The four-time Archibald Prize fi­nal­ist doesn’t mind not win­ning the cov­eted award. To her, the most im­por­tant part of the process is find­ing in­spi­ra­tion and know­ing she did her best

Sunday Herald Sun - Stellar - - How I Make It Work -

Iwent through a lot of hy­po­thet­i­cals in pri­mary school about what I wanted to be when I grew up. I wanted to be an opera singer, even though I can’t sing very well. I was in­ter­ested in fash­ion de­sign, too. But then I met a fan­tas­tic ca­reer ad­vi­sor in Year 10 and she posed the ques­tion: “If time and money were not an is­sue, what would you want to do ev­ery day?” I wanted to paint and draw.

This is the fourth time I’ve been a fi­nal­ist in the Archibald Prize. My pre­vi­ous sit­ters were Rose Byrne, John Safran and Paul Cap­sis. This year, it was [for­mer Aus­tralian Hu­man Rights Com­mis­sion pres­i­dent] Gil­lian Triggs. What was a bit tricky was the fact that, given who she is, putting cer­tain vis­ual de­sign el­e­ments that I would nor­mally use into the paint­ing would not work. I also realised she was much more than her job. I think that’s what we for­get about our lead­ers; that they are peo­ple, too. When you de­hu­man­ise some­one – and I think it hap­pens to women in the pub­lic eye a lot – that’s when on­line trolling and abu­sive lan­guage hap­pens.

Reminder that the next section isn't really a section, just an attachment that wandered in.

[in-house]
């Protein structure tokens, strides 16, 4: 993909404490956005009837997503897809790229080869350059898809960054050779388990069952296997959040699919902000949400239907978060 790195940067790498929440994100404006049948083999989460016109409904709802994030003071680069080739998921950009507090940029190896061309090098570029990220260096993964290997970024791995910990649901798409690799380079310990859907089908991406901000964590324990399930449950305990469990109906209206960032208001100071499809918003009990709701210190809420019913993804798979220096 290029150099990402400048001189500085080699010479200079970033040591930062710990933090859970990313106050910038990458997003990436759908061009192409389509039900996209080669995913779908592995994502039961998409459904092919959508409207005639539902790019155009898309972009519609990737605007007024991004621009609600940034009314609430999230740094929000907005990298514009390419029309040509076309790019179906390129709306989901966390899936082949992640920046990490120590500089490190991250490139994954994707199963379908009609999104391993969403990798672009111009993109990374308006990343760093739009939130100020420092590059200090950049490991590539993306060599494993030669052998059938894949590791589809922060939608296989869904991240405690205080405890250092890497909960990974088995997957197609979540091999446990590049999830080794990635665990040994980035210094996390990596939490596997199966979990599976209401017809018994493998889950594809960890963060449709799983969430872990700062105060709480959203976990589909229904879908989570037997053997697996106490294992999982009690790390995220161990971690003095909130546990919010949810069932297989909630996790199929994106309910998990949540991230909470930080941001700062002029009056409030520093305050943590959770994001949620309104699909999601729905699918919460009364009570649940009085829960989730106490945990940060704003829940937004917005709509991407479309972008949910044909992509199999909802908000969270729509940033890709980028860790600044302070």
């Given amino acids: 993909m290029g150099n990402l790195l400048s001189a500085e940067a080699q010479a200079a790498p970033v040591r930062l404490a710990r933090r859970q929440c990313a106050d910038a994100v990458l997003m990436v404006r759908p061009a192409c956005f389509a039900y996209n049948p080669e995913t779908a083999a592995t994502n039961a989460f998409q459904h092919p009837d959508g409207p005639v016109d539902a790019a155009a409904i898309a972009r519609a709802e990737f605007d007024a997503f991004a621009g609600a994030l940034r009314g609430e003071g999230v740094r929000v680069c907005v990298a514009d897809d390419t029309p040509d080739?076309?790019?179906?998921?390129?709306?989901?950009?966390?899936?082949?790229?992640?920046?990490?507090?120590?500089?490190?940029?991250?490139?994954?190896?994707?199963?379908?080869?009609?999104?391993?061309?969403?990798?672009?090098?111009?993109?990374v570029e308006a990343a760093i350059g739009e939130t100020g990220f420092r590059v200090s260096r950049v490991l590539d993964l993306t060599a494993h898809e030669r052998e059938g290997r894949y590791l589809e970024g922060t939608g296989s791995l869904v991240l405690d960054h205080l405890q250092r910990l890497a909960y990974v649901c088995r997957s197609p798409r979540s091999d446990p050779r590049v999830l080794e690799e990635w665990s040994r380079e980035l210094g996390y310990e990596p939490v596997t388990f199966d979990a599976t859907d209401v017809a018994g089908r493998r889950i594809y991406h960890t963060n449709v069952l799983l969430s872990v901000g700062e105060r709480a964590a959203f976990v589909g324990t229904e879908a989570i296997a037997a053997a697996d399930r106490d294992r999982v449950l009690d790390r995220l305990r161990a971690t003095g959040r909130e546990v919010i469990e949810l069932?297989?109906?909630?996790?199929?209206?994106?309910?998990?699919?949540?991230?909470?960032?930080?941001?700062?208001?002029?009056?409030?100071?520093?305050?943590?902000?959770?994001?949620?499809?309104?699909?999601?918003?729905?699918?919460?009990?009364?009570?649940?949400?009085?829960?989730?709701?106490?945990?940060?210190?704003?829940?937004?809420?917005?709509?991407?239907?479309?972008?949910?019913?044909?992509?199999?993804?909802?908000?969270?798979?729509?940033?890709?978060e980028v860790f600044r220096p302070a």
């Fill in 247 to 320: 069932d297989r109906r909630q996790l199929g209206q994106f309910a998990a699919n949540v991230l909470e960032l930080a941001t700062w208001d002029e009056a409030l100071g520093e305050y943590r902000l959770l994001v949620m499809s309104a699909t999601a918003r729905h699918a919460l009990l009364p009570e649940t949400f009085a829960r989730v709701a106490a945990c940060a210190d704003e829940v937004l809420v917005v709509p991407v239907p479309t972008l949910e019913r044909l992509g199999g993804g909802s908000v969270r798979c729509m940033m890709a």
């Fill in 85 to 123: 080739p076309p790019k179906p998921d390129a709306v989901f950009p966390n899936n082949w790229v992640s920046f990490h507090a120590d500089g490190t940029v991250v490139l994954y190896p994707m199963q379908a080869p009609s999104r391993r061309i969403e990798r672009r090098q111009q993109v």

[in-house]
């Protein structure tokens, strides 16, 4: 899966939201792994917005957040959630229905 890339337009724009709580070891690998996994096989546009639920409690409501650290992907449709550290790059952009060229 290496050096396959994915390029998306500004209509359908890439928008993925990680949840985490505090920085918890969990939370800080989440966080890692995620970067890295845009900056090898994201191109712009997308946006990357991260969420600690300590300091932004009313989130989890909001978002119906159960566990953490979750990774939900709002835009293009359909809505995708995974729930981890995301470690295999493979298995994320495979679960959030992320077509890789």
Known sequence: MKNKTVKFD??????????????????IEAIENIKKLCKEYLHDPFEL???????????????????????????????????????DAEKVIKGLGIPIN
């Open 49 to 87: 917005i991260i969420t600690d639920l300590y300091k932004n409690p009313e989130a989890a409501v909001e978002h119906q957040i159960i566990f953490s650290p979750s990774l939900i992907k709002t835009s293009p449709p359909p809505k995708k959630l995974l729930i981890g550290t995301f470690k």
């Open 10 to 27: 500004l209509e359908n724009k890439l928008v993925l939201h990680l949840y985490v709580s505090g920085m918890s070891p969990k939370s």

Nora Hey­sen was the first woman to win the Archibald in 1938, and it took 22 years for an­other woman to win.there is such a dis­par­ity with how many fe­male win­ners and sit­ters there are, com­pared to men. Yet 70 per cent of grad­u­ates from art school are women. It doesn’t make sense, and it’s trou­bling. Even though I don’t con­sciously think of my­self as a “fe­male” artist and that I need to fight for rep­re­sen­ta­tion, I prob­a­bly do it sub­con­sciously. I feel like I want an­swers.

The con­tro­versy this year with the win­ner of the Archibald high­lights how sub­jec­tive art is. Artist John Olsen said it was “the worst choice in the his­tory of the prize”. He’s en­ti­tled to his opin­ion, but given he was not one of the judges this year, speak­ing out is prob­a­bly fu­tile. What is “re­spectable” art, any­way? Ev­ery year works have got­ten through that I don’t think de­served it. And some years I haven’t agreed with the de­ci­sion of the win­ner. This year I felt com­fort­able with the de­ci­sion. If you’re an artist who has been re­jected, it doesn’t mean you should value some­one else’s opin­ion more highly than yours. As long as you’re mak­ing some­thing you feel happy with, that’s all you can re­ally do. You do you – there’s no for­mula for the Archibald. Yvette Cop­per­smith fea­tures in The Archibald, a four-part se­ries pre­mier­ing 7.30pm, Septem­ber 12, on Fox­tel Arts.

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